The 10th Mountain Division's service started in the early 1990s.
A small group of soldiers were sent to support the Army as part of Operation Desert Storm.
In 1992, the troops were integral in humanitarian efforts - aiding in Hurricane Andrew relief.
Throughout the rest of that decade, Fort Drum soldiers would serve overseas in countries like Somalia, Haiti and Bosnia.
The dawn of a new century brought with it new enemies and new challenges - the beginning of the war on terror and the division's non-stop deployments in two wars.
25 years after its rebirth, the 10th Mountain Division now leads the charge in the wars overseas as one of the most deployed divisions in the U.S. Army.
It's not uncommon to meet a soldier that has served two or even three tours of duty in Iraq and Afghanistan.
"I frankly think you can pick up these lighter organizations and move them around the battlefield pretty fast and I think that's why we got involved like we did," said 10th Mountain Division Commander Major General James Terry.
Changes at Fort Drum and at the Pentagon helped the 10th Mountain Division become the fast deploying Army force it is today.
On post, the construction of Wheeler-Sack Army Airfield allowed for rapid transport of soldiers.
"Fort Drum got this huge army airfield that has really made it have a global reach in a very convenient and safe way," said Keith Caughlin of the Fort Drum Regional Liaison Organization.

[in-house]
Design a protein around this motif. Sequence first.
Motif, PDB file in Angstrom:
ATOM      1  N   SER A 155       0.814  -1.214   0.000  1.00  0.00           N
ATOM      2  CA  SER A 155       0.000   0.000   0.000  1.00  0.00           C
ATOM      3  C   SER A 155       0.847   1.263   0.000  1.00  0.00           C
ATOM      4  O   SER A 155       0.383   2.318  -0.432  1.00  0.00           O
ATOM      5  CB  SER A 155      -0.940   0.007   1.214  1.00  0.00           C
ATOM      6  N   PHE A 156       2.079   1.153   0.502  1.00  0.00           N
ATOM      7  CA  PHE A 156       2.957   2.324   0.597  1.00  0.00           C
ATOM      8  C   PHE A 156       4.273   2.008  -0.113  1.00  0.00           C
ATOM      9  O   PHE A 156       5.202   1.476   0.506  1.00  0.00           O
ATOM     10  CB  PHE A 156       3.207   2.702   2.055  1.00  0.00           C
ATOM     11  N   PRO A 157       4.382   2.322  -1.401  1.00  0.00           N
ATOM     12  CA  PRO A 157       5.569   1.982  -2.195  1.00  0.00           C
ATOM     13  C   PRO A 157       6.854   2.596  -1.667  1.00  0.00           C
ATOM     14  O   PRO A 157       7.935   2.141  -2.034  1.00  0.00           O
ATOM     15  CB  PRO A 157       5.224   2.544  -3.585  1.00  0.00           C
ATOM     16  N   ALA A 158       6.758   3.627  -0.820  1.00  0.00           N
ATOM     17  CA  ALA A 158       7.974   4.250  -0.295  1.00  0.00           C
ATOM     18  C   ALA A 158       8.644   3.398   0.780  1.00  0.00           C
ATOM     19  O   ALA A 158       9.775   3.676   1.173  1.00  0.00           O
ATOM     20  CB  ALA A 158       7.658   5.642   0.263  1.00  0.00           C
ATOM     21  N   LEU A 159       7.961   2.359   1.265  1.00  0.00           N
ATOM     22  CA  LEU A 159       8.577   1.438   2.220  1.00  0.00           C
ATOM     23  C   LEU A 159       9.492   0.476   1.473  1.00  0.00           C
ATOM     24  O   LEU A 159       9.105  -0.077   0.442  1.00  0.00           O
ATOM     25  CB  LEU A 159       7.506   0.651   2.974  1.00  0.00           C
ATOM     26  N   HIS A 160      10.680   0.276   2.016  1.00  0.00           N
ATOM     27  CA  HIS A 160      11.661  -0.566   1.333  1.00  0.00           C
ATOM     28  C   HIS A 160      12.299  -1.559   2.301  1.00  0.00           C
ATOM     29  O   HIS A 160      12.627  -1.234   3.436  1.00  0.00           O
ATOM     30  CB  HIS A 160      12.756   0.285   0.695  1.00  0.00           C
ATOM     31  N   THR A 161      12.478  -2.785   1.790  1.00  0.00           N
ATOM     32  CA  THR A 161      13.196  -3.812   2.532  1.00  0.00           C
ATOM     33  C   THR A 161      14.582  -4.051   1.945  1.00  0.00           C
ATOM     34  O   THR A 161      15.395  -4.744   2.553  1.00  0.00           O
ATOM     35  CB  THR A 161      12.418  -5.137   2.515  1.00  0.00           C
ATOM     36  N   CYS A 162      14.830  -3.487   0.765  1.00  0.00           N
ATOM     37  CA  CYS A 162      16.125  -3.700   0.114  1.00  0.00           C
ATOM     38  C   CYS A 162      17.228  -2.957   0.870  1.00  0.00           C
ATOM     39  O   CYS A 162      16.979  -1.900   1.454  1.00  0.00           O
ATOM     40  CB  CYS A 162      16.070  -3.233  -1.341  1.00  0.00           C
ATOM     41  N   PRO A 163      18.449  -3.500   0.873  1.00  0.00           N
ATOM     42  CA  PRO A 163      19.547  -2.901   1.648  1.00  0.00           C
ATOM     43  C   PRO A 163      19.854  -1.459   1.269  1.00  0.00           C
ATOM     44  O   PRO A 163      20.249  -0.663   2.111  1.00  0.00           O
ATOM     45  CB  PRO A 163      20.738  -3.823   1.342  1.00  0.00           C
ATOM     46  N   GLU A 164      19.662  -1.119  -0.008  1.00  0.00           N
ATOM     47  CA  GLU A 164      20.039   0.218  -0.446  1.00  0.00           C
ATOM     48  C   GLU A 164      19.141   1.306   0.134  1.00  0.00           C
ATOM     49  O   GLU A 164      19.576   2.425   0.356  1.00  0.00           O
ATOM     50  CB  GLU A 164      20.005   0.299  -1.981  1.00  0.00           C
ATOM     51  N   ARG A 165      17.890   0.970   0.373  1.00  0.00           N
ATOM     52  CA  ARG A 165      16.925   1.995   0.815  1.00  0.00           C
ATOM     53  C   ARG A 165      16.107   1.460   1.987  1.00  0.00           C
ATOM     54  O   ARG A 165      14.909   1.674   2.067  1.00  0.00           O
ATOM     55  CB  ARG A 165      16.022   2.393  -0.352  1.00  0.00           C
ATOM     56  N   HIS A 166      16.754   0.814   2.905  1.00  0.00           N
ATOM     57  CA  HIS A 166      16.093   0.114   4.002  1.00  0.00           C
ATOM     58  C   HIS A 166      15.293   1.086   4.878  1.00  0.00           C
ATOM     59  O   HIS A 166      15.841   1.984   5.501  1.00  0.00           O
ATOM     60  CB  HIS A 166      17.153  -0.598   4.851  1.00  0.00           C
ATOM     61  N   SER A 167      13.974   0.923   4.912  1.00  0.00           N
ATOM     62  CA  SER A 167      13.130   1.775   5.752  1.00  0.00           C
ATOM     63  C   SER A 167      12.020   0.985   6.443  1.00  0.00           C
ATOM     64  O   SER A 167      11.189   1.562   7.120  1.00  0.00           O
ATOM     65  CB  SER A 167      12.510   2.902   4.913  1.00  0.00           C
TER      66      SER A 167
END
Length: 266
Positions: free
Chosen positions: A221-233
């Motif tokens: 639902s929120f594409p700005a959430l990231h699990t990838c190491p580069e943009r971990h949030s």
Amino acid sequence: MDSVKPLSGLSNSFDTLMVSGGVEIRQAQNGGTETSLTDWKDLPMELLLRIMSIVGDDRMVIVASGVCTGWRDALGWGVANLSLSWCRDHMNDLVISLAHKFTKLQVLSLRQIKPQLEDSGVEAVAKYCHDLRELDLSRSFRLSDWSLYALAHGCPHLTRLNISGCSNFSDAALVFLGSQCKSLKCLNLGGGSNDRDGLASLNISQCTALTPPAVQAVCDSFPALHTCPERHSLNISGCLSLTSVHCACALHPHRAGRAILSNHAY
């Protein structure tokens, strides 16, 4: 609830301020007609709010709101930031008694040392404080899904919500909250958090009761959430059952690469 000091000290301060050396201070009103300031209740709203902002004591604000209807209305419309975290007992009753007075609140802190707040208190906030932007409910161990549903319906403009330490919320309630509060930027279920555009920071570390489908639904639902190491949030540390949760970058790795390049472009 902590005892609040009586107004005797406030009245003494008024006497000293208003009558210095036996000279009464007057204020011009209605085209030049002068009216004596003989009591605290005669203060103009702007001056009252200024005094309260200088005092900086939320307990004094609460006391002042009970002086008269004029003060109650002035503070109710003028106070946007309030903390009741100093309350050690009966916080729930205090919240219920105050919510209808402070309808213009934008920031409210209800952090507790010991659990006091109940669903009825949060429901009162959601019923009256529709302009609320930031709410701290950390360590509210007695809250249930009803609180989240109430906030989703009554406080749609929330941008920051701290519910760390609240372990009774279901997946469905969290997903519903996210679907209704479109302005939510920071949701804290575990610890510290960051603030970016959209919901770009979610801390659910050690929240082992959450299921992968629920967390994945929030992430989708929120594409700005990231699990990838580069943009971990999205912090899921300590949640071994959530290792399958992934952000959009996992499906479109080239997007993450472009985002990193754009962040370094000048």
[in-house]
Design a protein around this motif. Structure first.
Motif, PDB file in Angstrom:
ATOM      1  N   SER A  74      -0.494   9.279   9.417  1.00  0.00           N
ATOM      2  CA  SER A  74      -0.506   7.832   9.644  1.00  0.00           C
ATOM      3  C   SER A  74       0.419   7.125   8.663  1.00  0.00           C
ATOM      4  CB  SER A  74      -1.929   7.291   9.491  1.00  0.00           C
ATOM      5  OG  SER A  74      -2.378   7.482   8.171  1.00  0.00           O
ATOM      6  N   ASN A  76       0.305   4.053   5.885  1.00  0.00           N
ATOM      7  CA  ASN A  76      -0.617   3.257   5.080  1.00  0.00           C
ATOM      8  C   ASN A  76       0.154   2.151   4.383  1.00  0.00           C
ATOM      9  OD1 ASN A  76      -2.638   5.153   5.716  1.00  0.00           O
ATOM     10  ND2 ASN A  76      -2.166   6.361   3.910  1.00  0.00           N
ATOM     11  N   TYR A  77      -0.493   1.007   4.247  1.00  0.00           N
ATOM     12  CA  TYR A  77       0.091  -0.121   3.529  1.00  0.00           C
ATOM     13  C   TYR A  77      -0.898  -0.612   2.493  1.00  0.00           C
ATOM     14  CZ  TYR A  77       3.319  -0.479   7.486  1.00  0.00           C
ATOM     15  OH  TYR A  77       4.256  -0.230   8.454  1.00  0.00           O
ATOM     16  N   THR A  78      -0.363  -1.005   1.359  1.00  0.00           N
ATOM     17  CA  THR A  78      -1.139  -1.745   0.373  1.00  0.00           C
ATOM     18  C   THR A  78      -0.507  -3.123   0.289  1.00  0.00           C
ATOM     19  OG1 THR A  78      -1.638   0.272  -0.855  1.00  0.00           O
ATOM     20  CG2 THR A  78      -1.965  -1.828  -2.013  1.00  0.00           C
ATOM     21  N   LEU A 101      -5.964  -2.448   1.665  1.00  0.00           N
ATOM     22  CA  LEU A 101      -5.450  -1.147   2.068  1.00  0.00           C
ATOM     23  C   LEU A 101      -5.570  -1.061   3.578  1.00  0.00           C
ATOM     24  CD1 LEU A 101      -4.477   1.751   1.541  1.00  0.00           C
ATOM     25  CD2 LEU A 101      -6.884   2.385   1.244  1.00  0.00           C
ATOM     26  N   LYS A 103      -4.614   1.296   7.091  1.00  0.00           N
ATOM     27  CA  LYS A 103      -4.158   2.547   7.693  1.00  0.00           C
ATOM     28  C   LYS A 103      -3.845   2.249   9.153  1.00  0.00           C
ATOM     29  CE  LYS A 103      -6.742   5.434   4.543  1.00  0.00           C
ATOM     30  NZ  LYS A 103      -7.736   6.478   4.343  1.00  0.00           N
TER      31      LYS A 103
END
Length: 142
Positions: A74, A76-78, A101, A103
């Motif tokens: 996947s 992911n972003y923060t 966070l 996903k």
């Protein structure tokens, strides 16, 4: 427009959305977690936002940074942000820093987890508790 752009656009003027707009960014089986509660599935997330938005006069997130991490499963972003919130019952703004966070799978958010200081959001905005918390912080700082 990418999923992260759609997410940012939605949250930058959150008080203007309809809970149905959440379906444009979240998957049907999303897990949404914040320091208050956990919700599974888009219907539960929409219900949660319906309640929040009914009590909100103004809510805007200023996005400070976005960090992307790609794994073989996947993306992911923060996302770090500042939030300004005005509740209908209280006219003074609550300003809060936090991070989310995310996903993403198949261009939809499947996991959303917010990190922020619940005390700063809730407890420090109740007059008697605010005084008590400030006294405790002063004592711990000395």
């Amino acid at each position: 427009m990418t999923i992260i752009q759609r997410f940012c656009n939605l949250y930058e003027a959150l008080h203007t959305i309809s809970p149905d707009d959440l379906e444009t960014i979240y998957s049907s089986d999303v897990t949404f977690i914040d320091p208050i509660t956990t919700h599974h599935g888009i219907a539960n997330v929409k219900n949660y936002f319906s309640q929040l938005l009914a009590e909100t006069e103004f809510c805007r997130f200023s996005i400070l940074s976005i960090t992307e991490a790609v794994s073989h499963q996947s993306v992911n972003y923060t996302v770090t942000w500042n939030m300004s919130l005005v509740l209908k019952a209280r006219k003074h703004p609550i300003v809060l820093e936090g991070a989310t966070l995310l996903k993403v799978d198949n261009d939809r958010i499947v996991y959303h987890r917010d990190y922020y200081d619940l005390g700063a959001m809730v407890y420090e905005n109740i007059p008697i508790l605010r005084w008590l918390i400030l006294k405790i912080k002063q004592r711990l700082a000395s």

In 2004, the Army reconfigured its fighting units into more cohesive brigade combat teams.
The 10th Mountain Division of today is much different than its 1985 counterpart.
But some things have stayed the same, like traditions started in those early years.
Former division chief of staff Mike Plummer calls it the spirit of the 10th - training strong soldiers and strong leaders.
"It's like a puppy. How you train that puppy determines how well that puppy hunts," said Plummer.
Today, that training philosophy continues.
"Develop leaders. That's our insurance policy for the future of the Army. You go around the United States Army right now, anywhere, and I guarantee you you're going to find a great sergeant or officer wearing a 10th Mountain combat patch," said General Terry.
So, what does the future hold for the 10th Mountain Division and Fort Drum?
There will certainly be challenges.
The community will have continue to work to keep Drum off federal cut or closure lists.
When the wars end, all of our soldiers will, presumably, be living here at home in the north country - something that hasn't happened in years.
"We have a lot more families so we're going to have housing issues come up again," said Caughlin.
But there's also room for more growth.
Right now, one of the 10th's brigades remains stationed in Louisiana, the 4th Brigade.
New York politicians have said they'd like to see that unit move to Fort Drum, an idea some people say makes sense.
"It's probably more political reasons that it won't than common sense reasons why it should," said Plummer.
"I think it could grow, but there is no pending decision out there that I know of," said Terry.
Whether or not Drum continues to grow, it will remain the focal point of the north country, providing our communities with thousands of neighbors, providing our residents with thousands of jobs and providing that sense of pride that goes along with knowing after 25 years the 10th Mountain Division is one of the most respected and utilized fighting units in America.
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